Get your shovels ready.
Federal forecasters have released their long-range outlook for this winter.
And Minnesota among the places that could get more snow than average.
How much snow are we talking?
The forecast doesn't try to predict snowfall totals because those forecasts "are generally not predictable more than a week in advance," the outlook says.
But we can tell you what the average snowfall is: Minnesota usually ranges from 36 inches in the southwest to 70-plus inches along Lake Superior's "snow belt," the Minnesota DNR's website says.
So if the winter outlook stays on track, we could be seeing more than a few feet of snow this year across much of the state.
If you're really dreading winter, there's still a little time until the average first 1-inch snowfall in the Twin Cities, which is Nov. 16. However, the first measurable snowfall typically happens by Oct. 24 in Duluth – and even earlier in far northern Minnesota.
How cold will it be?
Well, that's a good question.
The winter outlook doesn't really tell us much.
It shows Minnesota – everywhere except for the northwestern part of the state (sorry) – has an "equal chance" of seeing colder-than-average and warmer-than-average temperatures.
So essentially, the federal forecasters are shrugging their shoulders, because there's no tilt in the odds on whether it'll be warmer or colder.
Colder or warmer than average isn't really saying much for us hearty Minnesotans, who deal with below-freezing temperatures for pretty much the entire winter.
If you didn't know: The average temperature in the winter in northern Minnesota is a whopping 6 degrees, while the southern part of the state averages 16 degrees, the Minnesota DNR's website shows.
It's worth noting that Minnesota doesn't have cooler-than-normal winters very often (thank goodness). It has only happened two times in the past eight years, with the most recent being the winter of 2013-14, meteorologist Mark Seeley wrote on his weather blog. (That was the dreaded "polar vortex.")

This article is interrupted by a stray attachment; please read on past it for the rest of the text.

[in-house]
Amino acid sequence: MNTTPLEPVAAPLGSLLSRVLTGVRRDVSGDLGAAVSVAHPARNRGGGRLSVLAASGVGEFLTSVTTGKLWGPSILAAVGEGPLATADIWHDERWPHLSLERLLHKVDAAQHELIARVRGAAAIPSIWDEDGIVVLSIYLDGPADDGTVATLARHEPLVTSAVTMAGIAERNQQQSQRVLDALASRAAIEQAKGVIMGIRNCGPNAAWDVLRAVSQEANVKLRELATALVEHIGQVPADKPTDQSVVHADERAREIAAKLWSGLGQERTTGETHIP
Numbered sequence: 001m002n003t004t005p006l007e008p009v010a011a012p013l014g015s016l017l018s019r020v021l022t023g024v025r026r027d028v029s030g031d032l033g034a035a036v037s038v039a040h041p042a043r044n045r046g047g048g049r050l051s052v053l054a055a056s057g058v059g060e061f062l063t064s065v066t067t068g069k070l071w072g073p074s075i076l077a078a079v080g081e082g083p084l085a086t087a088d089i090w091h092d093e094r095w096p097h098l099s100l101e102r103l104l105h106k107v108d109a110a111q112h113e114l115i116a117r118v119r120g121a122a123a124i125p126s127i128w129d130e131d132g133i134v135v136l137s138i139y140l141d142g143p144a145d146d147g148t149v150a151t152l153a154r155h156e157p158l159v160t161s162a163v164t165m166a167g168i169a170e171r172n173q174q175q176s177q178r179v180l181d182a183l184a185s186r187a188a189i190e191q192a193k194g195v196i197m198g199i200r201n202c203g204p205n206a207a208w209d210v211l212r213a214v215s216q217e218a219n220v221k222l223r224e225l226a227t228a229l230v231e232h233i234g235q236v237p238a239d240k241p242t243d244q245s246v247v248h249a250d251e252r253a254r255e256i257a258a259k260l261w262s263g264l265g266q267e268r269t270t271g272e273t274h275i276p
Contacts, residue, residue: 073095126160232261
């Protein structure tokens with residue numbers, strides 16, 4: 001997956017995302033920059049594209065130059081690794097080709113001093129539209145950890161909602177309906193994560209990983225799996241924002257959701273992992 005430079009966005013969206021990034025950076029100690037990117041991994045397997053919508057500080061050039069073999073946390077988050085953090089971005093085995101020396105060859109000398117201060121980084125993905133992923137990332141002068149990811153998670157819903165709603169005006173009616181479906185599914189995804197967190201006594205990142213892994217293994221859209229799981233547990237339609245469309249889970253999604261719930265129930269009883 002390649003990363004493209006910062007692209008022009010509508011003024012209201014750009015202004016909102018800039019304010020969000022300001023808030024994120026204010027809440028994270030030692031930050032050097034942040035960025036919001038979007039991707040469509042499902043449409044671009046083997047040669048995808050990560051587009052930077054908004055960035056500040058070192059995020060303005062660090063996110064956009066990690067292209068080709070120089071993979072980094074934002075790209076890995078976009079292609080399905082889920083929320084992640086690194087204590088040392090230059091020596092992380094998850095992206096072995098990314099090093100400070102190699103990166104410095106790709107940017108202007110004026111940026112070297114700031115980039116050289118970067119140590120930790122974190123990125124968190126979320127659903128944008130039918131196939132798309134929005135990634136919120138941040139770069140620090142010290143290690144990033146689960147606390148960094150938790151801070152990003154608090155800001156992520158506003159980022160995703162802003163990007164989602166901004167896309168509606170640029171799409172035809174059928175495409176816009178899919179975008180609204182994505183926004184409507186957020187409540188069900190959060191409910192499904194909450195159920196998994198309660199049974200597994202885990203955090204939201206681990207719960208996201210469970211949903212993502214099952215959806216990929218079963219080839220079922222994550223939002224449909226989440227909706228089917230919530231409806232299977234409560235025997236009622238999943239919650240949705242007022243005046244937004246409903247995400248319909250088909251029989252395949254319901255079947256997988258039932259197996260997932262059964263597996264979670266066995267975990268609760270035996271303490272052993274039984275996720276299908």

If you look back even further, only five of the past 20 winters were colder than normal, Seeley says.
Blame La Nina
The National Oceanic and Atmospheric Administration (NOAA) releases this winter outlook every year to help people prepare for what is "likely" to happen over the next few months.
But as with any forecast, it can change. We've all witnessed how the forecast can differ from the weather we actually get, especially with long-range forecasts like this. (KARE 11's meteorologist explains why it can be hard to predict in this story.)
And that's really the case this year. NOAA says La Nina is expected to develop for the second year in a row, adding that it is the "biggest wildcard" in how this winter will turn out. (NOAA says it'll update its winter weather outlook on Nov. 16.)
NOAA says La Nina has a 55-65 percent chance of developing before winter arrives.
“If La Nina conditions develop, we predict it will be weak and potentially short-lived, but it could still shape the character of the upcoming winter,” Mike Halpert, deputy director of NOAA’s Climate Prediction Center, said in the winter outlook.
During La Nina winters, there's usually more snow than average around the Great Lakes and it's typically colder along the northern part of the country, from the Pacific Northwest to Minnesota.
But with La Nina, there's good news for snow birds – above-average temperatures are more likely in the southern two-thirds of the country, as well as up the East Coast.
For the outlook for the rest of the country, check out NOAA's video explainer below.
You can find updated weather outlooks on NOAA's website here.